After a short illness, Dad passed away on the 9/12/12. He was admitted to hospital a week earlier, but after a diagnosis of renal failure, unspecified serious infection, possibility of a stroke, and breakdown of marrow, he was discharged for palliative care. Placed on morphine, he was then made as comfortable as possible. Since admission to hospital, he was unable to communicate, other than a few moments of an alert state where at least he was able to nod in acknowlegement of his family. After a distinguished war service in the Fleet Arm, flying Swordfish biplanes on Arctic Convoys to Russia, he then entered teaching where for many years he taught science and biology to many students across New Zealand. Generally highly regarded by his students (there always being exceptions as those who have taught will know), he reached into the hearts and minds of people both inside and outside the profession. He was also a brilliant photographer, and it was to him that I owe my initial interests. The years he spent with his beloved Pentax cameras, doing both microscope and natural world images, many of which were published in textbooks, including a major senior biology text he was a major editor of, brought him a lot of pleasure. The years in the darkroom were always a time of enjoyment and pleasure for him. The love of photography and teaching was only matched by his love of Rugby, a promising career there being cut short by the war. He is survived by Mum, three sons, 7 grandchildren, and 3 great grandchildren. At peace ‘Cocky’ may all your flights be joyful.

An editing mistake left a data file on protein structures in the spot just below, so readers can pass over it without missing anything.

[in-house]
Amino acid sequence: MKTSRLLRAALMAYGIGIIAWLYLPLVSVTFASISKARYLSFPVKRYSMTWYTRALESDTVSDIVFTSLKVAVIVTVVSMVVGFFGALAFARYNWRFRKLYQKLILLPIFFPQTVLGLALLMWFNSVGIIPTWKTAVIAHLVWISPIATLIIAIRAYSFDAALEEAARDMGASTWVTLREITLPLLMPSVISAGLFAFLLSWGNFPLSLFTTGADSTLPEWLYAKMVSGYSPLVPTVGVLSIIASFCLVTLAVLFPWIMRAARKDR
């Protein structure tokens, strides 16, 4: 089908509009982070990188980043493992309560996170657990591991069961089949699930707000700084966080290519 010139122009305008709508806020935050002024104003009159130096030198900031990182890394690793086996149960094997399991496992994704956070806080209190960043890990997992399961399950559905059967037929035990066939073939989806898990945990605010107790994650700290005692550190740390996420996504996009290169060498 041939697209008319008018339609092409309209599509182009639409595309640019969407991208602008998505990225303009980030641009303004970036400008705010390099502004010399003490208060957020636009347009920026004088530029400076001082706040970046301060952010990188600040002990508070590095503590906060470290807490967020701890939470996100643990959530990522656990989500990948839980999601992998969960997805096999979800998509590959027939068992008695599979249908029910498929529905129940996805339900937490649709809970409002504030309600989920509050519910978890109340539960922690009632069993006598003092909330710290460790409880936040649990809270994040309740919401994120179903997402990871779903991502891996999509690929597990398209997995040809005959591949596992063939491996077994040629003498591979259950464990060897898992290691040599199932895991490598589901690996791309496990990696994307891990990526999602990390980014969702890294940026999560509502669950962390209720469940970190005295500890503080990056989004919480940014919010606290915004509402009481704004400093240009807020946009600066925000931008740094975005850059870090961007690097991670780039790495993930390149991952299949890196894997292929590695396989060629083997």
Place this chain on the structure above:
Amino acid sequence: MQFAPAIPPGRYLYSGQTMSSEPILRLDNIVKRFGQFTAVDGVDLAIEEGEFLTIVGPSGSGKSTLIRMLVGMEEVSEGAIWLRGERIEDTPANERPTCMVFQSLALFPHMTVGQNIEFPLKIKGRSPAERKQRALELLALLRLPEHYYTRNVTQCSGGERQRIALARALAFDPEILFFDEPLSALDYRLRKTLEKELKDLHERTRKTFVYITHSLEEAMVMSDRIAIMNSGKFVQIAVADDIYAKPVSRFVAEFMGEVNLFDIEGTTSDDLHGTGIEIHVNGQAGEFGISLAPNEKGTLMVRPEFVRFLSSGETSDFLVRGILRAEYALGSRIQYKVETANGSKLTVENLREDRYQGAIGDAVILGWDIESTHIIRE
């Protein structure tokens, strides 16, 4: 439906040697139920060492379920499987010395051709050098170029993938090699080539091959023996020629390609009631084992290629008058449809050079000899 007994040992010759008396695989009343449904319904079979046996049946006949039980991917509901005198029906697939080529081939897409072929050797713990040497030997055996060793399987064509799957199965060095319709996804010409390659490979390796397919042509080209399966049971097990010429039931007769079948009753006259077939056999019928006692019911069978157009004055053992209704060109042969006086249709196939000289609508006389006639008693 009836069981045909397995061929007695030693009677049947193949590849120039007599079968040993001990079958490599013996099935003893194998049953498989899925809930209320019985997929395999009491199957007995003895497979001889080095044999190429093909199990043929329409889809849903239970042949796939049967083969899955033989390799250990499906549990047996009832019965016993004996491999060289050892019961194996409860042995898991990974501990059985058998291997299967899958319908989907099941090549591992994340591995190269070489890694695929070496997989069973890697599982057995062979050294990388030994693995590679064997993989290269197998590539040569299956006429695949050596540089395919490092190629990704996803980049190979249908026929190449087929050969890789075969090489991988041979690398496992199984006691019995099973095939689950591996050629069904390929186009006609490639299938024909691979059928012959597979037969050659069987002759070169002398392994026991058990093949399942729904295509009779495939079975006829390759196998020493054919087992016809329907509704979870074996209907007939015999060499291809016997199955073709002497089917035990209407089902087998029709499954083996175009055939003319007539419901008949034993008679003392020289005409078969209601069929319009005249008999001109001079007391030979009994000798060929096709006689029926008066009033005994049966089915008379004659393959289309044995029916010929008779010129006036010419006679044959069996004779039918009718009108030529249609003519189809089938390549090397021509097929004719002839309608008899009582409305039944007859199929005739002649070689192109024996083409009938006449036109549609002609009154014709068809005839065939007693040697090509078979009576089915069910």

The plane featured is a model of the aircraft he flew at the D-Day landings.